Nanotechnology Now

Our NanoNews Digest Sponsors





Heifer International

Wikipedia Affiliate Button


DHgate

Home > Press > Turkeys inspire smartphone-capable early warning system for toxins

Bio-inspired sensors are made from bacteriophages that mimic the collagen fibers in turkey skin. When exposed to target chemicals, the collagen-like bundles expand or contract, generating different colors. The researchers also created a mobile app to be used with camera phones to help analyze the sensor's color bands.

Credit: Courtesy of the Seung-Wuk Lee Laboratory
Bio-inspired sensors are made from bacteriophages that mimic the collagen fibers in turkey skin. When exposed to target chemicals, the collagen-like bundles expand or contract, generating different colors. The researchers also created a mobile app to be used with camera phones to help analyze the sensor's color bands.

Credit: Courtesy of the Seung-Wuk Lee Laboratory

Abstract:
Some may think of turkeys as good for just lunch meat and holiday meals. But bioengineers at the University of California, Berkeley, saw inspiration in the big birds for a new type of biosensor that changes color when exposed to chemical vapors. This feature makes the sensors valuable detectors of toxins or airborne pathogens.

Turkeys inspire smartphone-capable early warning system for toxins

Berkeley, CA | Posted on January 21st, 2014

Turkey skin, it turns out, can shift from red to blue to white, thanks to bundles of collagen that are interspersed with a dense array of blood vessels. It is this color-shifting characteristic that gives turkeys the name "seven-faced birds" in Korean and Japanese.

The researchers say that spacing between the collagen fibers changes when the blood vessels swell or contract, depending upon whether the bird is excited or angry. The amount of swelling changes the way light waves are scattered and, in turn, alters the colors we see on the bird's head.

Seung-Wuk Lee, UC Berkeley associate professor of bioengineering, led a research team in mimicking this color-changing ability to create biosensors that can detect volatile chemicals.

"In our lab, we study how light is generated and changes in nature, and then we use what we learn to engineer novel devices," said Lee, who is also a faculty scientist at the Lawrence Berkeley National Laboratory.

The researchers created a mobile app, called the iColour Analyser, to show that a smartphone photo of the sensor's color bands could be used to help identify toxins of interest. They described their experiments in a study to be published Tuesday, Jan. 21, in the journal Nature Communications.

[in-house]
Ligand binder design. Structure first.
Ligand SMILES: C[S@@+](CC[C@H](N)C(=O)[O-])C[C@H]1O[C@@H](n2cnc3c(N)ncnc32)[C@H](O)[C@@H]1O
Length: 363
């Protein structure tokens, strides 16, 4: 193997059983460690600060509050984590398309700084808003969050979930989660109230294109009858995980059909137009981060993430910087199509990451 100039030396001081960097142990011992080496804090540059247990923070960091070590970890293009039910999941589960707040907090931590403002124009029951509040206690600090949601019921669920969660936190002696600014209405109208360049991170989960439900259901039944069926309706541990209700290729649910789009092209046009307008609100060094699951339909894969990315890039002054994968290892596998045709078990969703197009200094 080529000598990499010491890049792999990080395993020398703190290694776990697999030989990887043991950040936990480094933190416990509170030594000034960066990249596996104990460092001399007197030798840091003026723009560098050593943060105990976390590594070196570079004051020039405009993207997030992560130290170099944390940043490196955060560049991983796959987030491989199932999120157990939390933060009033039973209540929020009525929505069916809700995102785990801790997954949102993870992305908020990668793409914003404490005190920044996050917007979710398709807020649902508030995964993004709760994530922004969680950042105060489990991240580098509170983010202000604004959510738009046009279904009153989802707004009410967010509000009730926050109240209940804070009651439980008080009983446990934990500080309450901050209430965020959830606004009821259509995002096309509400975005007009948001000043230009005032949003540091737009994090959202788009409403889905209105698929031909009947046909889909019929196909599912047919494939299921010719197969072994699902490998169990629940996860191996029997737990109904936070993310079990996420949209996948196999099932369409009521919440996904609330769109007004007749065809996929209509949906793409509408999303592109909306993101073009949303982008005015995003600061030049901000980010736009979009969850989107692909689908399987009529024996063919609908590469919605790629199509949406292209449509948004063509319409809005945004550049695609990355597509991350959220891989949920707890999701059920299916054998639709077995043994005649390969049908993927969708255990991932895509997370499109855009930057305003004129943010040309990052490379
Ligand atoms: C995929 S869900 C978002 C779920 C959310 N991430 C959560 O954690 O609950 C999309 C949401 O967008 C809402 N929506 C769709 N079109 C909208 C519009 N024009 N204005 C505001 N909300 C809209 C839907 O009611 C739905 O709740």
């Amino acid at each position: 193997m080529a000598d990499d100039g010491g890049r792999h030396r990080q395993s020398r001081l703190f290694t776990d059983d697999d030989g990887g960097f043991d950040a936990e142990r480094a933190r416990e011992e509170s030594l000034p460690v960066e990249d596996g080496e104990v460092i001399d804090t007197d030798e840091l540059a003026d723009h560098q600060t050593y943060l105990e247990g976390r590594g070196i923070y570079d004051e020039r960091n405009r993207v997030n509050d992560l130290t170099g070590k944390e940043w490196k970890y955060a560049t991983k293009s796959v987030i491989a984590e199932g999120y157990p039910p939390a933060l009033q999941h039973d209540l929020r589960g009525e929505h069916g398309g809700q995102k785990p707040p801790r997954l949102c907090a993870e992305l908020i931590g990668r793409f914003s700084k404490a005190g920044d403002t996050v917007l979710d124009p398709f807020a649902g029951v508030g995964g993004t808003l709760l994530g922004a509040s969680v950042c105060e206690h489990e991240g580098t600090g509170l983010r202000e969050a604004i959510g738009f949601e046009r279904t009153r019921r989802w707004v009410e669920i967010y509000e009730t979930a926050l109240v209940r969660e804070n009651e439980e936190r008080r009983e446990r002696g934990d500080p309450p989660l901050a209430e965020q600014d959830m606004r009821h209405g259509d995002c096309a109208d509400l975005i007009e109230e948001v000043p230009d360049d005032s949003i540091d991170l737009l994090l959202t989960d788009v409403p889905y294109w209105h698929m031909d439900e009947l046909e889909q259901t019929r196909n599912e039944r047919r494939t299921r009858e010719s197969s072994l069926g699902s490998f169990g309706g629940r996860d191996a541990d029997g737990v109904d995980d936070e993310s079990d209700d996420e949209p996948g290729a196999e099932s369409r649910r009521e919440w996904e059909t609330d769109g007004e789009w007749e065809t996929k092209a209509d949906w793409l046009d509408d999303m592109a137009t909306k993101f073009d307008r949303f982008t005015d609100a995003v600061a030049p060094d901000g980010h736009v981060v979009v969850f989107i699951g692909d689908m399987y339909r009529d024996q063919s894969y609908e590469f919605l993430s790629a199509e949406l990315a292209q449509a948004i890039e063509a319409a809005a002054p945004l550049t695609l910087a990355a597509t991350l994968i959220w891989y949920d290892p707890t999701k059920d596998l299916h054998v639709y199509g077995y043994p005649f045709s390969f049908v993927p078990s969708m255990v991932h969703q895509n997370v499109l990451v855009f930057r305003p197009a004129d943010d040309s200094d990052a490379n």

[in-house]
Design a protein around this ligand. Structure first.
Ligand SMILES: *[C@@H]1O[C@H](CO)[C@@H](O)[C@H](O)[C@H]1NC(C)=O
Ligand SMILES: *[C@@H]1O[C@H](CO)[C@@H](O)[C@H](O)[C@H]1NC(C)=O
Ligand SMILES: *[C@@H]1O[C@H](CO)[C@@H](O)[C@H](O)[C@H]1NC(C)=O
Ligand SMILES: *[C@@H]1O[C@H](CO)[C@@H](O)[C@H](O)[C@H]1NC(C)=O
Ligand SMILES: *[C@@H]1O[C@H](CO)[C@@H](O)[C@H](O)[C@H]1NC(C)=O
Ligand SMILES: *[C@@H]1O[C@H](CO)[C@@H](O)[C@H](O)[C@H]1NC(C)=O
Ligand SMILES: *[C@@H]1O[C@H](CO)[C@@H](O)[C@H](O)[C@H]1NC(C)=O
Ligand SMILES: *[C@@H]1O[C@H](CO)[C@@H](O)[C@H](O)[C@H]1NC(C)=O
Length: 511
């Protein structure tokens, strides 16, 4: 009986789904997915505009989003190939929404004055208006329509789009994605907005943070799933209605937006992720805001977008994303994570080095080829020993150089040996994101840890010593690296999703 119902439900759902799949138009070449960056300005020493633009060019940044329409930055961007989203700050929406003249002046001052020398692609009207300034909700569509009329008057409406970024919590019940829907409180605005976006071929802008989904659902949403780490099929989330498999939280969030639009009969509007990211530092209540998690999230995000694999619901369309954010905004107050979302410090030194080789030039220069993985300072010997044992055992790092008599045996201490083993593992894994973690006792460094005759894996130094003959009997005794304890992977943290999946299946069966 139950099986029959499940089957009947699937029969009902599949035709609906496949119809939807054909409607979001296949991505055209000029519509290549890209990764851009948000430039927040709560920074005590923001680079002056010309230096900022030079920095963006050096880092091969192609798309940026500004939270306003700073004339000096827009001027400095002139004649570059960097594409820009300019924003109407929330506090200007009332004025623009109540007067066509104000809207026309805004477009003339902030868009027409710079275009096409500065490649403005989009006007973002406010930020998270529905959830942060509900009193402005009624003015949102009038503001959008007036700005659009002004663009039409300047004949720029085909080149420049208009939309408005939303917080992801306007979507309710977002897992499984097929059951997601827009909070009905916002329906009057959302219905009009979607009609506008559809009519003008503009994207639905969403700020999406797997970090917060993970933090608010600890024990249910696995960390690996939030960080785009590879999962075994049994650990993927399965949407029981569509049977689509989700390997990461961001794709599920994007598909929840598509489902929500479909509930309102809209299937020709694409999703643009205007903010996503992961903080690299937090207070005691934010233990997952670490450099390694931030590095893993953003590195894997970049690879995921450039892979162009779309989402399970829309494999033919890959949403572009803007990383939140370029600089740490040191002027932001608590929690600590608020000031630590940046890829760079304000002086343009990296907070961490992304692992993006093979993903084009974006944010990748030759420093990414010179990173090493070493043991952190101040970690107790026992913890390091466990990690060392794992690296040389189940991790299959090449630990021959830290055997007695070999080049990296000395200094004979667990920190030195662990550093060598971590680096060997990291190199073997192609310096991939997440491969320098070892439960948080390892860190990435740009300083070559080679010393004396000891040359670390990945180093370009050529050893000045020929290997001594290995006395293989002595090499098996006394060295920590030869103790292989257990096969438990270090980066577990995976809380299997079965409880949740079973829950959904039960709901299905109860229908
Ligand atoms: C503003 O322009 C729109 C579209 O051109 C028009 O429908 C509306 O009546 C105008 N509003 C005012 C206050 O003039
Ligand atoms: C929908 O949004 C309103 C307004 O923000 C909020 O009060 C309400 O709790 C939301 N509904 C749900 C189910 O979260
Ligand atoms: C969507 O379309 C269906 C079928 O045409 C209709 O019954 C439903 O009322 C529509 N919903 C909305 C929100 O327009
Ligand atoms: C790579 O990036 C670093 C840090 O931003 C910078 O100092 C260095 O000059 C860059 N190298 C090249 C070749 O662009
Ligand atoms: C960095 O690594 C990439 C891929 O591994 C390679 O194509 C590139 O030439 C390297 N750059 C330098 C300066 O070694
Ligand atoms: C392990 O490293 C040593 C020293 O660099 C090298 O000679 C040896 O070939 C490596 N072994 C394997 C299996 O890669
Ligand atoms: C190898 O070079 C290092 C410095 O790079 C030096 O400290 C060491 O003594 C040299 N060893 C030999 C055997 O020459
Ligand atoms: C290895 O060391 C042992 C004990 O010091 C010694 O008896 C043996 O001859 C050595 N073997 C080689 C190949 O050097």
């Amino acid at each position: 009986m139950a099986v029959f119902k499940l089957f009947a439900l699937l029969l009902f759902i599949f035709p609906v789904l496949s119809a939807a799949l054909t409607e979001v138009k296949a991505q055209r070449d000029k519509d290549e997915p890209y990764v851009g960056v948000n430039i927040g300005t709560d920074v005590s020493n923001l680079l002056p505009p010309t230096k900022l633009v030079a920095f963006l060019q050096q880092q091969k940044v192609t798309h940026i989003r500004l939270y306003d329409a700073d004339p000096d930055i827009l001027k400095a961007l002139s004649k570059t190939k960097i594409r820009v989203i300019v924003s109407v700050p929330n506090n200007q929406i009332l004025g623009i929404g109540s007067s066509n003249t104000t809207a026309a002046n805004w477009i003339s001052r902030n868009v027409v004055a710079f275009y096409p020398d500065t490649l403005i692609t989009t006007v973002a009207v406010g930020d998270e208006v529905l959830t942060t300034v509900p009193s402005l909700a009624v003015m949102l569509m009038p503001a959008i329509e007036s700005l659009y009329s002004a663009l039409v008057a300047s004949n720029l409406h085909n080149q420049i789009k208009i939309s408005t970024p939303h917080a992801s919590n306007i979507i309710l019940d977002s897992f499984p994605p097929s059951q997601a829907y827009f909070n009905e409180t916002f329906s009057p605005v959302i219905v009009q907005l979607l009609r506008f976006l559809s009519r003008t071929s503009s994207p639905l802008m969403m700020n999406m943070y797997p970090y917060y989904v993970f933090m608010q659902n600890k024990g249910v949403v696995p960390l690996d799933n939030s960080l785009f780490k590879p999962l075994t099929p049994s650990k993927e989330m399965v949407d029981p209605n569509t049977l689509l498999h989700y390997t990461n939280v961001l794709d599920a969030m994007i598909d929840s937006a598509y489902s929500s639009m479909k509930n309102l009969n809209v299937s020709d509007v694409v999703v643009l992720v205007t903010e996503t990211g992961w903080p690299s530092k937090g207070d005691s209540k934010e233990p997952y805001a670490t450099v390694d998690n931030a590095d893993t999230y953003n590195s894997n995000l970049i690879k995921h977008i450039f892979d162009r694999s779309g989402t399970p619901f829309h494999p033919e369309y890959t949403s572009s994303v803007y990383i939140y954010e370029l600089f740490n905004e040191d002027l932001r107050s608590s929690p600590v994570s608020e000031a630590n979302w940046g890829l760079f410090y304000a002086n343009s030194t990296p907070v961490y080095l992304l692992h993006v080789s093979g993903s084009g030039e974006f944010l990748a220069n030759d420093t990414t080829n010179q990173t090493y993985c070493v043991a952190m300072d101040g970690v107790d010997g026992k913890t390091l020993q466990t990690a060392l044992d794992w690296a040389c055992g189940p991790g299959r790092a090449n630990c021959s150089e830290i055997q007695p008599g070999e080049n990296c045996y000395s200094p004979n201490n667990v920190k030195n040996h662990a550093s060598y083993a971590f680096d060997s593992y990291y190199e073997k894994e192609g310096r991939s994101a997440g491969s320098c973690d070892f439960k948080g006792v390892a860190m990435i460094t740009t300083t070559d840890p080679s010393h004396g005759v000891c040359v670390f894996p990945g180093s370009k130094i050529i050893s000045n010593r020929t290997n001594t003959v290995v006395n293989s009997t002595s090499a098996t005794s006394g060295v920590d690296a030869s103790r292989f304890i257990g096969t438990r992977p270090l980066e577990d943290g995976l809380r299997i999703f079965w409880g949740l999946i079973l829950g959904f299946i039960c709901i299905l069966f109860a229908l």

Sensors that give off color readings are easier to use and read than conventional biosensors. However, the major ones in development elsewhere can only detect a limited range of chemicals and, according to the researchers, they can be very difficult to manufacture.

"Our system is convenient, and it is cheap to make," said Lee. "We also showed that this technology can be adapted so that smartphones can help analyze the color fingerprint of the target chemical. In the future, we could potentially use this same technology to create a breath test to detect cancer and other diseases."

In copying this turkey-skin design, Lee and his team employed a technique they pioneered to mimic nanostructures like collagen fibers. The researchers found a way to get M13 bacteriophages, benign viruses with a shape that closely resembles collagen fibers, to self-assemble into patterns that could be easily fine-tuned.

The researchers found that, like collagen fibers, these phage-bundled nanostructures expanded and contracted, resulting in color changes. The exact mechanism behind the shrinking or expanding phage bundles is still unclear, but it's possible that the small amount of water in the phage is reacting to the chemical vapors, the researchers said.

The turkey-inspired biosensors were exposed to a range of volatile organic compounds, including hexane, isopropyl alcohol and methanol, as well as vapor of the explosive chemical TNT, at concentrations of 300 parts per billion. The researchers found that the viruses swelled rapidly, resulting in specific color patterns that served as "fingerprints" to distinguish the different chemicals tested.

The researchers showed that the biosensor's specificity to a target chemical could be increased by genetically engineering the DNA in the M13 bacteriophage to bind with sites specific to TNT. The biosensor was then exposed to two additional chemicals, DNT and MNT, which have similar molecular structures to TNT. The engineered biosensor successfully distinguished TNT from the other chemicals with distinct color bands.

The biosensors were also able to signal changes in relative humidity, ranging from 20 percent to 90 percent, becoming redder with moister air and bluer with drier air.

The study lead author is Jin-Woo Oh, a former postdoctoral researcher in Lee's lab and now an assistant professor in the Department of Nanomaterial Engineering at Pusan National University in South Korea.

The National Science Foundation, the Defense Acquisition Program Administration and Agency for Defense Development in South Korea, Korea's Ministry of Education, Science and Technology, and Samsung helped support this work.